Best: The kitchen sink science fantasy setting. The stamina system for short rests.
Worst: Low-level starship combat encourages overly-defensive play (restore shields, evasive maneuvers every turn) that can easily leave combatants stalemated. I would have preferred some system of automatic damage and AC scaling to buying new stuff every few levels.
A monster's statblock deviates from its size specifics, what now? Spoiler for mission No Plunder, No Pay
Nethys appears to be in error here. Additional Resources is the canon place to check for legality.
I think the 1st edition org play scenarios were popular enough that if a 1st-2nd edition conversion guide were a thing, they would see a huge surge in play (and sales), if such a product were ever released (HINT HINT!)
Call me a curmudgeon if you must, but the point of 2e is to sell new, incompatible products, not give you a new way to play old content you already own.
It is worth mentioning that sign languages are part of the core rules in Starfinder.
So by beginning play deaf, you automatically know the signed versions of your languages. To communicate with party members, they just need to spend a bonus language or culture rank to pick up the same signed language.
You could also pick up a Mk 1 Mindlink Circlet for 1600cr and use its granted telepathy to communicate.
Hilary Moon Murphy wrote:
Reinforced chassis from Tech Revolution also looks interesting. Permanent extra HP. (You cannot take drone mods that would give temporary HP. These aren't temporary.)
Hilary Moon Murphy wrote:
Any other cool new solarian pieces of equipment or solarian-friendly feats that I should consider? This character will need to be Society-legal.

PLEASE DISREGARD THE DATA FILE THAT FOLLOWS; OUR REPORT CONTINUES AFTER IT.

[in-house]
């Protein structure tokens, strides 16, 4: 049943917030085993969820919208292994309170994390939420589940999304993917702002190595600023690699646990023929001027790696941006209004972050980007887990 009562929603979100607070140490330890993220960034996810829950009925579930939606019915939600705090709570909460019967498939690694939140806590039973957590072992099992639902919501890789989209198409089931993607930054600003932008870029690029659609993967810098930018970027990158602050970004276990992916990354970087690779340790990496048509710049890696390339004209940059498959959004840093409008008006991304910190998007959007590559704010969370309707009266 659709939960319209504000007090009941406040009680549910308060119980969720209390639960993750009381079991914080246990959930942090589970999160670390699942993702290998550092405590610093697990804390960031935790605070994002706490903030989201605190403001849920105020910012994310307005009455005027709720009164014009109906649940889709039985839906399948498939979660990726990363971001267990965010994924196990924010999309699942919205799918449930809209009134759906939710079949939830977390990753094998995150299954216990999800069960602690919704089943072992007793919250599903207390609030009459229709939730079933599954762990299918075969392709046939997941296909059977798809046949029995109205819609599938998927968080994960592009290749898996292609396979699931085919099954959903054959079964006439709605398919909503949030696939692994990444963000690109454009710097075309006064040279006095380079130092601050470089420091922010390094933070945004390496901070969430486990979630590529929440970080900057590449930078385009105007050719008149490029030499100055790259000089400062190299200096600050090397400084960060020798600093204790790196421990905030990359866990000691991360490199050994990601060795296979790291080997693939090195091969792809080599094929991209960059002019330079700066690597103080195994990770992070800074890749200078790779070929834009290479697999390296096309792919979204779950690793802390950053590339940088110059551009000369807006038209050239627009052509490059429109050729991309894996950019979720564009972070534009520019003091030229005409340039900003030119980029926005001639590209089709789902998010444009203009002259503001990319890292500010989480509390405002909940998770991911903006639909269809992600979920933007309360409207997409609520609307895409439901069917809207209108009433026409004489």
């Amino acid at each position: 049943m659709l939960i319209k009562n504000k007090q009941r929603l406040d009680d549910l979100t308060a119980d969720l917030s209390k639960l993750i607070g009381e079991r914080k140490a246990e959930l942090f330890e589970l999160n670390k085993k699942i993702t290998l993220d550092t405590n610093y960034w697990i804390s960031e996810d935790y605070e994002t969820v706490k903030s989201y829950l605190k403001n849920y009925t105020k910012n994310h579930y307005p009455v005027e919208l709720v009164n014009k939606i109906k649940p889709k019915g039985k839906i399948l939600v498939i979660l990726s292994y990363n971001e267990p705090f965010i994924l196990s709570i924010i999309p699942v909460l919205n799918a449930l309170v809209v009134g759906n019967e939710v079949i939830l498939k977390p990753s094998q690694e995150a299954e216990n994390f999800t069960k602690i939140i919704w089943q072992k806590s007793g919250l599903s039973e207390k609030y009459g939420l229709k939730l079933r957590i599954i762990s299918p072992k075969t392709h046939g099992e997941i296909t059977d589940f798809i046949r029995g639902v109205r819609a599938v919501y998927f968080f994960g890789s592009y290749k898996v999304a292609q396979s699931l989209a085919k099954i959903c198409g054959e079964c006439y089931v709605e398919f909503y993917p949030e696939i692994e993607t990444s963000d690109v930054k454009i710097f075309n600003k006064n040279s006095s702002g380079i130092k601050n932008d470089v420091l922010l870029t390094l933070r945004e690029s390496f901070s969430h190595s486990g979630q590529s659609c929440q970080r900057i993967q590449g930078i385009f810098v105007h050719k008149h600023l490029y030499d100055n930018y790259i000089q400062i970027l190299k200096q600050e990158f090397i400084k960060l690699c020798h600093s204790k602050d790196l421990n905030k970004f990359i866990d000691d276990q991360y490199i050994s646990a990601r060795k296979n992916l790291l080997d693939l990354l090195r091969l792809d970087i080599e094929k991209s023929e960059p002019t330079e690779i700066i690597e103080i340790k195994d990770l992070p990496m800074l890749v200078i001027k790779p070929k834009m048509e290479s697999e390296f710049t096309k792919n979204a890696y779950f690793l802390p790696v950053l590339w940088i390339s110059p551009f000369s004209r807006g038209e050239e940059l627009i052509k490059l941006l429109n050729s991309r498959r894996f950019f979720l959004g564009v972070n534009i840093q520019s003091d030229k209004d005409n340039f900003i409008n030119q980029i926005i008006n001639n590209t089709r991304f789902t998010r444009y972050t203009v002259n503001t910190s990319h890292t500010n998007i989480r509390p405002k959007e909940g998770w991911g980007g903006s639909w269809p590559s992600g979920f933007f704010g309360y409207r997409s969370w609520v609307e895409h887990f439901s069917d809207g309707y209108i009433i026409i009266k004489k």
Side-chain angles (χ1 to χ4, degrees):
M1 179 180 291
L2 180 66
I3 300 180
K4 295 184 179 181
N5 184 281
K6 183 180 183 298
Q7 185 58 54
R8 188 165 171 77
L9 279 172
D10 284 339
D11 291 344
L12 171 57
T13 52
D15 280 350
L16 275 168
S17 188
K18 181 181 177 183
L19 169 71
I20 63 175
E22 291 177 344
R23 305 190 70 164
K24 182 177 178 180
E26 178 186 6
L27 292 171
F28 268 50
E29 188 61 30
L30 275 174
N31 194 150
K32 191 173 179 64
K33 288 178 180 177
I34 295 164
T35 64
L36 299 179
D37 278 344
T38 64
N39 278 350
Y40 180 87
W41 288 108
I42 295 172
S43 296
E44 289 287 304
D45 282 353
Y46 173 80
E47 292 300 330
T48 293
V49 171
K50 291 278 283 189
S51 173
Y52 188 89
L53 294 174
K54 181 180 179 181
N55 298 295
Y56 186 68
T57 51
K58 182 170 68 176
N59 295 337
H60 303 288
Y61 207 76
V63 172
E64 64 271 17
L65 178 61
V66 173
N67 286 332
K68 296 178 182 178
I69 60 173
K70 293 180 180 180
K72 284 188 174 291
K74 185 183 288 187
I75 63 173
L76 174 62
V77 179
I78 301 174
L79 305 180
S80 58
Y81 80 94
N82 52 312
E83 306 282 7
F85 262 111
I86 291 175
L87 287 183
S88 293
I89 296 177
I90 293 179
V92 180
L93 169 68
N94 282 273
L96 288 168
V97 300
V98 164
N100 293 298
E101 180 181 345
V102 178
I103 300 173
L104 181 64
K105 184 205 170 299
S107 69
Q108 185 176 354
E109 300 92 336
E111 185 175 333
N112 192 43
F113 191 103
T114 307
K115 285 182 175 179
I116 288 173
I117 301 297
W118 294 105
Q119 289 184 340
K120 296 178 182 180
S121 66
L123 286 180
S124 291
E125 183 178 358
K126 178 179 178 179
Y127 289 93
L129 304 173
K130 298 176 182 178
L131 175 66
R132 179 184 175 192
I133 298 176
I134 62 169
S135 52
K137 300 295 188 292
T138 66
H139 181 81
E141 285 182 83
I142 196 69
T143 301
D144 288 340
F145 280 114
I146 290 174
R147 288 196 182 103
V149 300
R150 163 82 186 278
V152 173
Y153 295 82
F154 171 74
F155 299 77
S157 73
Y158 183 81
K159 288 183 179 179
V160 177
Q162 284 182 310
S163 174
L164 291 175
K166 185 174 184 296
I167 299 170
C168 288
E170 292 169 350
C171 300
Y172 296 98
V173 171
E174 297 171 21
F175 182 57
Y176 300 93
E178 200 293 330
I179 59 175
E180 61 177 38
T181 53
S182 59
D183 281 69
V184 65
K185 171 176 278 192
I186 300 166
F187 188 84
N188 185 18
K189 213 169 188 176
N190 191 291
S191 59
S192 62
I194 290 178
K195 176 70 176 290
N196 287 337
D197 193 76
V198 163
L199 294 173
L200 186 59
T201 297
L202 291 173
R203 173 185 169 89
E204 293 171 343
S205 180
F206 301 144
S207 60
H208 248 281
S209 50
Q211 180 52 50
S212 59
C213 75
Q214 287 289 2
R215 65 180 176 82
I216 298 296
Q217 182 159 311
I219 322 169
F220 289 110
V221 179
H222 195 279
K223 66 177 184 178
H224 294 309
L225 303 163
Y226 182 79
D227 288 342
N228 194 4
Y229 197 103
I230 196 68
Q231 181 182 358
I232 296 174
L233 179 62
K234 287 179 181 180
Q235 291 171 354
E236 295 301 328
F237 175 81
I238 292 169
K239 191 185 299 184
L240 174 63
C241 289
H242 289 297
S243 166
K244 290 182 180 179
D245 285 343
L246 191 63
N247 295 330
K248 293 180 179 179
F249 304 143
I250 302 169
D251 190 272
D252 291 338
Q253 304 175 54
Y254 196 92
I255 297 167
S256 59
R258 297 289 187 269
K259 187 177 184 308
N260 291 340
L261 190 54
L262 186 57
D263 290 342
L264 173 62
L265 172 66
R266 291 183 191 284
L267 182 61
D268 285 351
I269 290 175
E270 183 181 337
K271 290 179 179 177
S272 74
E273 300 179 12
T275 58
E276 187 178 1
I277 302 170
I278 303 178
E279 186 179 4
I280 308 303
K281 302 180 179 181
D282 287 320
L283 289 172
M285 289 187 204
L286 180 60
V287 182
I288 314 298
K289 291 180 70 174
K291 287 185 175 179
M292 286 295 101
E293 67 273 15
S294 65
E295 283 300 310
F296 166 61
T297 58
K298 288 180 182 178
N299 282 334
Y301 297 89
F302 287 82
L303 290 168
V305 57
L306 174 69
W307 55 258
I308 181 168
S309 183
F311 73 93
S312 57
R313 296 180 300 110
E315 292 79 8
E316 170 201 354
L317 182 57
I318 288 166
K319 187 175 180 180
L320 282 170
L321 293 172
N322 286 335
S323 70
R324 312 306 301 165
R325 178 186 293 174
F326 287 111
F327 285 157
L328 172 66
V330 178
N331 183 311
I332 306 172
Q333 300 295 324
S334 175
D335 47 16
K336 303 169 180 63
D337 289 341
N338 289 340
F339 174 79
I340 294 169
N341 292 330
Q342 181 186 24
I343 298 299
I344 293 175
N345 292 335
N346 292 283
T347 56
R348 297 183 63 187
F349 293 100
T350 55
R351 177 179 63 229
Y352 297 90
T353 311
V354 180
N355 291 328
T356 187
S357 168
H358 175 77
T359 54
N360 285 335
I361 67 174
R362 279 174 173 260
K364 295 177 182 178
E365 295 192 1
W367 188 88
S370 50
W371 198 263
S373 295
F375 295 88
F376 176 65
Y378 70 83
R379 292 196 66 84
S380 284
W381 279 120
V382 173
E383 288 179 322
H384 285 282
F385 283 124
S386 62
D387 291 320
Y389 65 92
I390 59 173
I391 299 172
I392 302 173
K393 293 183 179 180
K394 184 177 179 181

For melee solarions, lunar weapon is at least interesting. You get smaller damage dice with your solar blade, but it gains the operative property, so you can use Dex on attack rolls.
It is incorrectly flagged as not SFS legal on Nethys, but SFS character options allows all options from that book (AP #35) except a single feat and spell.
A surface drow society sounds like trying to change drow into something they are not. Their entire physiology is built for being underground as is the case with most things that have light sensitivity by default.
Light sensitivity automatically equates to living underground? It could simply be the mark of a nocturnal species that prefers to sleep during daylight hours. Earth has plenty of those.
Vampires are utterly destroyed by sunlight, does that automatically make them cave-dwellers?
Leon Aquilla wrote:
The storyline of "Oh, this elemental plane ruler is freed after untold years of captivity and now there's new elemental planes!" reads like the kind of concept that World of Warcraft line developers would write to justify their newest expansion.
Except the tale of freeing said elemental lord was already told in the 2016-2017 season of Pathfinder Society play. It's hardly a new thing. Whether new planes emerging as a consequence makes any sense is another matter.
Mark Hoover 330 wrote:
You might be glad to know that akatas and their void zombie spawn play a major role in the first book of Dead Suns. Sadly,
they're encountered in a depressurized ship, which makes taking advantage of the saltwater vulnerability nigh-impossible.
Based on the rules and FAQ on power armor, it looks like if I am a Vesk (or another race with 1.5x specialization on unarmed strikes):
I can either make my usual unarmed strike at 1d3 + (Str mod) + (1.5x level specialization) damage.
Or I can make the power armor's unarmed strike at (listed damage dice) + (Str mod + 1x level specialization) damage. (Unless I am somehow not specialized in basic melee weapons.)
In both cases, the Str mod will be that of the armor rather than my own.
If I have Improved Unarmed Strike feat, I can apply its damage dice instead of my own, or the armor's.
In a large or bigger power armor, my arms would be dedicated to operating the armor and not free for an unarmed strike, but I could still make a headbutt or tail slap.
Is this all correct?
I thought Deskari was the setting's big bad... But of course, gotta find a replacement for him for 2e.